Because of its action on the gastric lining, peppermint actually shortens the amount of time food spends in the stomach. This herb is traditionally used to cleanse and strengthen the entire body, including the heart muscle.
Because of its stimulating and warming properties, peppermint tea is a favorite old-time remedy for chills, colds, colic and rheumatism. It can even help relieve the nauseated feeling that often accompanies migraine or “sick” headache.
DESCRIPTION AND PARTS USED
Botanically speaking, peppermint is a hybrid that falls somewhere between spearmint and watermint. Most of the members of the mint family grow wild and like wet feet. Left on their own to choose their environment, these herbs favor the banks of brooks and streams or low damp meadows, but they do very well under cultivation as long as the soil is rich and moist. Of all the mints, peppermint is the most widely used. For the home-brewing of the peppermint tea. The leaves and flowering tops are used.
Medical prescriptions inscribed on old papyrus scrolls give evidence that peppermint has been used in Egypt since ancient times. As an effective medicinal and flavorful culinary herb, mint is in common use in both Middle Eastern and Asian lands today.
The benefits of peppermint have also been appreciated on Europe and Americas for long time. Peppermint has been listed in the United States Pharmacopoeia for more than 150 years.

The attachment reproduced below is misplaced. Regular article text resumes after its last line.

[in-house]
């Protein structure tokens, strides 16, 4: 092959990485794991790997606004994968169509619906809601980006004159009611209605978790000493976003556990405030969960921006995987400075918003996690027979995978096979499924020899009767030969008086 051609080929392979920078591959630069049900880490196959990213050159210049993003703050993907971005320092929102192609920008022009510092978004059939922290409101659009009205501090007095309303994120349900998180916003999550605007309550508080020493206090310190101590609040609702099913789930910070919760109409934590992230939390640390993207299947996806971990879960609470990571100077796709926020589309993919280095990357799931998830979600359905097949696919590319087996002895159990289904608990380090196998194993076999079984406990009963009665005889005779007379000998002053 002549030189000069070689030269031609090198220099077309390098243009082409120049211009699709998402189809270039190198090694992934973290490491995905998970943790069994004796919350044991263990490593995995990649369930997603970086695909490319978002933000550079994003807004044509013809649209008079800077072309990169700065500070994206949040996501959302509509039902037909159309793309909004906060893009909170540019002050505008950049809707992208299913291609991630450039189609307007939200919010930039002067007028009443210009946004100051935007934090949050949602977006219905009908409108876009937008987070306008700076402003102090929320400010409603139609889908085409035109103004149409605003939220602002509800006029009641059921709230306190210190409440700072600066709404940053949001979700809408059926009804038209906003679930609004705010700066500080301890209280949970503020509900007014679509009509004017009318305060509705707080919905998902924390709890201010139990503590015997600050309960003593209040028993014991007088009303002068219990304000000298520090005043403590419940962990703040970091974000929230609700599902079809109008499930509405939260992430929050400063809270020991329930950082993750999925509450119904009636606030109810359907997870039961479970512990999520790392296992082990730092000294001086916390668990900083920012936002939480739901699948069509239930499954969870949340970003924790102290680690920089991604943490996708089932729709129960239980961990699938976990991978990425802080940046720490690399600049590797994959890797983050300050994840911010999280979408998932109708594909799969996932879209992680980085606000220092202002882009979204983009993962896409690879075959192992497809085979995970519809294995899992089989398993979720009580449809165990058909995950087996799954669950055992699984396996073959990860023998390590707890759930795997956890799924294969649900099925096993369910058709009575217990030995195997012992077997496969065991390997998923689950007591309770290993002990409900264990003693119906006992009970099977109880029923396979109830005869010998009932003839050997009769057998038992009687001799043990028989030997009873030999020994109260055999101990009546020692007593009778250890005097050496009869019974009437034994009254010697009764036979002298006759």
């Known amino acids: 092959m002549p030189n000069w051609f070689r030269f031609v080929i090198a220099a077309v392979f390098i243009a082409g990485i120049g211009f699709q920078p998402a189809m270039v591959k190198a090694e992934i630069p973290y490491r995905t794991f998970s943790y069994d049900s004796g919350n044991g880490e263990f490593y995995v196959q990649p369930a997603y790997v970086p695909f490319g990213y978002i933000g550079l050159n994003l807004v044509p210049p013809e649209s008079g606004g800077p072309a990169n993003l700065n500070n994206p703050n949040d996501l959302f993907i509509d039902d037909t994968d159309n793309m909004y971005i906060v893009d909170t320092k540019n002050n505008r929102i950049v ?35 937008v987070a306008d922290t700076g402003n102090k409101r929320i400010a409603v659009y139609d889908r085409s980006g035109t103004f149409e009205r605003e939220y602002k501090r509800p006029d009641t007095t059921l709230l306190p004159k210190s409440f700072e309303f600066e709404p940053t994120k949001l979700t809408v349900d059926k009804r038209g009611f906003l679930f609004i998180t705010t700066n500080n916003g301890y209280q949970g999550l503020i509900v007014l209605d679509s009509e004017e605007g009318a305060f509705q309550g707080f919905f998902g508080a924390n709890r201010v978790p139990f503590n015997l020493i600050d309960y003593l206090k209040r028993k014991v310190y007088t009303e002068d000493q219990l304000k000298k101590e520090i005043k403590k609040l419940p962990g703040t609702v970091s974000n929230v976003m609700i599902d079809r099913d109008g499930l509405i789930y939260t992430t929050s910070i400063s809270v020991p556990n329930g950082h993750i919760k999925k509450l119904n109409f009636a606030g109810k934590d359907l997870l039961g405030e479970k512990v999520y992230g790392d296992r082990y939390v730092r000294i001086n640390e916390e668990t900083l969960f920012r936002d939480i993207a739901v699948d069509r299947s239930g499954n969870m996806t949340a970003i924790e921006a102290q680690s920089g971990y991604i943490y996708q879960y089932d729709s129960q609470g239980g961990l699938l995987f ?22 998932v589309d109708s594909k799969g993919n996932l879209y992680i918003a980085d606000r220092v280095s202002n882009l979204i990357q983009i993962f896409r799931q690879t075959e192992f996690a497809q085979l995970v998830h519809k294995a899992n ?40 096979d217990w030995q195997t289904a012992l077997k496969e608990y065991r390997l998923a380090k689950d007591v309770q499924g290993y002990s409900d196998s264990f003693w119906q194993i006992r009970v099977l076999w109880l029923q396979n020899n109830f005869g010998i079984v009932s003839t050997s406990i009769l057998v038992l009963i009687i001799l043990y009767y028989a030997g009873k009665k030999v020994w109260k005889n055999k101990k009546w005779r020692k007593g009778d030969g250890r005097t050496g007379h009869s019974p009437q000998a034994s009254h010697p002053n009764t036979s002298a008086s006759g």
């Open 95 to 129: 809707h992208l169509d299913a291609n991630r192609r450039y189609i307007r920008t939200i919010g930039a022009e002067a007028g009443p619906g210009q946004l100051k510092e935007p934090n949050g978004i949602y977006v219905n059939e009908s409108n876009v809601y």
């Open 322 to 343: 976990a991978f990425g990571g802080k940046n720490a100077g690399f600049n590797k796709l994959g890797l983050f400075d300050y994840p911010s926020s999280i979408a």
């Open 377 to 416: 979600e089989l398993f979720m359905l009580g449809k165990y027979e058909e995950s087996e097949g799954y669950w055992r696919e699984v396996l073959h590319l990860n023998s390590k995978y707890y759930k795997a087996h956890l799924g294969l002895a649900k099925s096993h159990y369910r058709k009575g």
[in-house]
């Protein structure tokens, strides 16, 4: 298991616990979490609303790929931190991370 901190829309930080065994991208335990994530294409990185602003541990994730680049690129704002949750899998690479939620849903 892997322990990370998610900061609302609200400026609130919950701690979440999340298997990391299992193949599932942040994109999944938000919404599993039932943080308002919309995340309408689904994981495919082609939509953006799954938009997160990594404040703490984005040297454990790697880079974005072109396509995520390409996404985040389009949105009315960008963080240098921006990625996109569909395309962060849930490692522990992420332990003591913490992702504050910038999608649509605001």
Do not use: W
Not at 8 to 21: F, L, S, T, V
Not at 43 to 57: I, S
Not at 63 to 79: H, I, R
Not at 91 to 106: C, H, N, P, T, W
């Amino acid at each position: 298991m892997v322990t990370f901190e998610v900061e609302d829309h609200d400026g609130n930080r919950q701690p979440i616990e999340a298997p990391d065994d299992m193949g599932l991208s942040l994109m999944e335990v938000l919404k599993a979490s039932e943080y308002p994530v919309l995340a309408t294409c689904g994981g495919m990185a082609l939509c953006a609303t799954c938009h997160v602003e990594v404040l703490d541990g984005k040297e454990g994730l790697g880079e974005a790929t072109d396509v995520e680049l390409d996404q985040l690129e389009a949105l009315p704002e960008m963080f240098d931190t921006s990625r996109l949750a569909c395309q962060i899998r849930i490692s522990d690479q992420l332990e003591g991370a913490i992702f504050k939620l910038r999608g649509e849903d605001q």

Everyone is familiar with the taste of peppermint, so it shouldn’t come as a surprise to learn that herb contains menthol, along with volatile oils, menthone, methyl acetate, tannic acid, terpenes and vitamin C.
Is has been determined that oil of peppermint has very strong antispasmodic action. This property alone makes it valuable for relieving pains in the digestive tract, as well cramps in the abdomen.
Pharmacists often use peppermint in compound medicines because of its well-known ability to make disagreeable-tasting drugs palatable.
Internal: To brew a flavorful cup of peppermint tea, use 1 heaping teaspoon (1/6oz or 4g) of dried herb parts to 8oz of freshly boiled water. Streep, strain and allow to cool. As a medicinal drink, peppermint tea is traditionally taken cold for the relief of nausea, headache, heartburn and flatulence.
External: Several sources claim that the bruised fresh leaves have a slight anesthetic effect. To relieve localized pain, pluck a few fresh leaves from peppermint thriving in your garden, crinkle them up, smooth them back out and apply to the affected area.
Peppermint is considered harmless and it may be used freely.
Source: Antol, MN. Healing Teas: How to prepare and use teas to maximize your health. Avery Ed. (1996) ISBN 0-89529-707-8.